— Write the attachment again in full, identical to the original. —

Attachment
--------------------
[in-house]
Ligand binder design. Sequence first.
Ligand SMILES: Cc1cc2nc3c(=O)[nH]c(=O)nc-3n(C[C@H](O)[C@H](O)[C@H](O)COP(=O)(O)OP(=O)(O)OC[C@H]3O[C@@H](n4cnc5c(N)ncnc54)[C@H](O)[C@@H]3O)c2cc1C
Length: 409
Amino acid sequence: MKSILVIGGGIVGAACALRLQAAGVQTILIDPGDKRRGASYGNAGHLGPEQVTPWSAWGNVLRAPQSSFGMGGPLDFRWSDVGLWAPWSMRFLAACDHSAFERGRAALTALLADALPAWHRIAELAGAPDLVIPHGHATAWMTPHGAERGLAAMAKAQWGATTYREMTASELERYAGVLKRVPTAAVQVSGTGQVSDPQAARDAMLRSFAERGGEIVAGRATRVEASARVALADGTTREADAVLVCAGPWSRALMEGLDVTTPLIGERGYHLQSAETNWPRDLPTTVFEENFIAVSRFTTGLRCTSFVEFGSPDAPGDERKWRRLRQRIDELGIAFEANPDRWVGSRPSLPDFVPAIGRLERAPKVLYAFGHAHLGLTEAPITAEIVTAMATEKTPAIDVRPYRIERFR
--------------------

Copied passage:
[in-house]
Ligand binder design. Sequence first.
Ligand SMILES: Cc1cc2nc3c(=O)[nH]c(=O)nc-3n(C[C@H](O)[C@H](O)[C@H](O)COP(=O)(O)OP(=O)(O)OC[C@H]3O[C@@H](n4cnc5c(N)ncnc54)[C@H](O)[C@@H]3O)c2cc1C
Length: 409
Amino acid sequence: MKSILVIGGGIVGAACALRLQAAGVQTILIDPGDKRRGASYGNAGHLGPEQVTPWSAWGNVLRAPQSSFGMGGPLDFRWSDVGLWAPWSMRFLAACDHSAFERGRAALTALLADALPAWHRIAELAGAPDLVIPHGHATAWMTPHGAERGLAAMAKAQWGATTYREMTASELERYAGVLKRVPTAAVQVSGTGQVSDPQAARDAMLRSFAERGGEIVAGRATRVEASARVALADGTTREADAVLVCAGPWSRALMEGLDVTTPLIGERGYHLQSAETNWPRDLPTTVFEENFIAVSRFTTGLRCTSFVEFGSPDAPGDERKWRRLRQRIDELGIAFEANPDRWVGSRPSLPDFVPAIGRLERAPKVLYAFGHAHLGLTEAPITAEIVTAMATEKTPAIDVRPYRIERFR